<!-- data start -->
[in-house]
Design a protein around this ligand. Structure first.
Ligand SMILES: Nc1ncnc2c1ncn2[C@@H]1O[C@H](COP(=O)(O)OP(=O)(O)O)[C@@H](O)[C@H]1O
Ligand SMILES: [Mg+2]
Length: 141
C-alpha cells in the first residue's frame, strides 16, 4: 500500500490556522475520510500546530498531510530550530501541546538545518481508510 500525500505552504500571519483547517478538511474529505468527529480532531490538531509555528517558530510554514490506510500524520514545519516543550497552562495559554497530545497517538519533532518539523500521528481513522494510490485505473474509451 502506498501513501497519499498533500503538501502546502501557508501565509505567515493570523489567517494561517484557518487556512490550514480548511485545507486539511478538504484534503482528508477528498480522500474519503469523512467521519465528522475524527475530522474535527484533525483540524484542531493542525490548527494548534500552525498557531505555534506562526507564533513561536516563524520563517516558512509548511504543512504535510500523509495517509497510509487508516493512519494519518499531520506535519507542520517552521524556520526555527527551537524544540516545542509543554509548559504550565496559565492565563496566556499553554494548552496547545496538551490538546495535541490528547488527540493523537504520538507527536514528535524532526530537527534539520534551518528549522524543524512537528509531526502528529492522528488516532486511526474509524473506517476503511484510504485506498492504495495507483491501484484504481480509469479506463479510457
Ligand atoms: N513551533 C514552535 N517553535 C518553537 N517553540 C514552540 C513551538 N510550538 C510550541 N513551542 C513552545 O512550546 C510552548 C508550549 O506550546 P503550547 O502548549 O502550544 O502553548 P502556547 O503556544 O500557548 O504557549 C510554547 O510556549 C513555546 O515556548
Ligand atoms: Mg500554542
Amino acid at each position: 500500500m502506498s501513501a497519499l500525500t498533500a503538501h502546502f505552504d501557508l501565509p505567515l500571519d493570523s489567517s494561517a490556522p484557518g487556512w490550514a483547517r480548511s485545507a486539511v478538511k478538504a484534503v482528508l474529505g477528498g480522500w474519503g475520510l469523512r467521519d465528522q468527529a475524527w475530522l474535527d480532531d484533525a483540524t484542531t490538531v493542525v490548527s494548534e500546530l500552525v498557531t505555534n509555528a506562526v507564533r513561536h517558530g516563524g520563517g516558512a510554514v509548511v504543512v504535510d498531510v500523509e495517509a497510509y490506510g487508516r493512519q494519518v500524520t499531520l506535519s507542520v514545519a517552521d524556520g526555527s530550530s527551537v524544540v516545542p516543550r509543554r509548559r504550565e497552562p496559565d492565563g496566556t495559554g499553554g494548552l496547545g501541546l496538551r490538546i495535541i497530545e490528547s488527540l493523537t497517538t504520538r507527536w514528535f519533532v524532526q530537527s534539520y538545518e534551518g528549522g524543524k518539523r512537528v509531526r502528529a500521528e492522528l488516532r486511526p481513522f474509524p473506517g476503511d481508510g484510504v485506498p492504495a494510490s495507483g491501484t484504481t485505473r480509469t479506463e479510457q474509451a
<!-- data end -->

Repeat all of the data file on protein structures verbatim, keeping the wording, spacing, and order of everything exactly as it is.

[in-house]
Design a protein around this ligand. Structure first.
Ligand SMILES: Nc1ncnc2c1ncn2[C@@H]1O[C@H](COP(=O)(O)OP(=O)(O)O)[C@@H](O)[C@H]1O
Ligand SMILES: [Mg+2]
Length: 141
C-alpha cells in the first residue's frame, strides 16, 4: 500500500490556522475520510500546530498531510530550530501541546538545518481508510 500525500505552504500571519483547517478538511474529505468527529480532531490538531509555528517558530510554514490506510500524520514545519516543550497552562495559554497530545497517538519533532518539523500521528481513522494510490485505473474509451 502506498501513501497519499498533500503538501502546502501557508501565509505567515493570523489567517494561517484557518487556512490550514480548511485545507486539511478538504484534503482528508477528498480522500474519503469523512467521519465528522475524527475530522474535527484533525483540524484542531493542525490548527494548534500552525498557531505555534506562526507564533513561536516563524520563517516558512509548511504543512504535510500523509495517509497510509487508516493512519494519518499531520506535519507542520517552521524556520526555527527551537524544540516545542509543554509548559504550565496559565492565563496566556499553554494548552496547545496538551490538546495535541490528547488527540493523537504520538507527536514528535524532526530537527534539520534551518528549522524543524512537528509531526502528529492522528488516532486511526474509524473506517476503511484510504485506498492504495495507483491501484484504481480509469479506463479510457
Ligand atoms: N513551533 C514552535 N517553535 C518553537 N517553540 C514552540 C513551538 N510550538 C510550541 N513551542 C513552545 O512550546 C510552548 C508550549 O506550546 P503550547 O502548549 O502550544 O502553548 P502556547 O503556544 O500557548 O504557549 C510554547 O510556549 C513555546 O515556548
Ligand atoms: Mg500554542
Amino acid at each position: 500500500m502506498s501513501a497519499l500525500t498533500a503538501h502546502f505552504d501557508l501565509p505567515l500571519d493570523s489567517s494561517a490556522p484557518g487556512w490550514a483547517r480548511s485545507a486539511v478538511k478538504a484534503v482528508l474529505g477528498g480522500w474519503g475520510l469523512r467521519d465528522q468527529a475524527w475530522l474535527d480532531d484533525a483540524t484542531t490538531v493542525v490548527s494548534e500546530l500552525v498557531t505555534n509555528a506562526v507564533r513561536h517558530g516563524g520563517g516558512a510554514v509548511v504543512v504535510d498531510v500523509e495517509a497510509y490506510g487508516r493512519q494519518v500524520t499531520l506535519s507542520v514545519a517552521d524556520g526555527s530550530s527551537v524544540v516545542p516543550r509543554r509548559r504550565e497552562p496559565d492565563g496566556t495559554g499553554g494548552l496547545g501541546l496538551r490538546i495535541i497530545e490528547s488527540l493523537t497517538t504520538r507527536w514528535f519533532v524532526q530537527s534539520y538545518e534551518g528549522g524543524k518539523r512537528v509531526r502528529a500521528e492522528l488516532r486511526p481513522f474509524p473506517g476503511d481508510g484510504v485506498p492504495a494510490s495507483g491501484t484504481t485505473r480509469t479506463e479510457q474509451a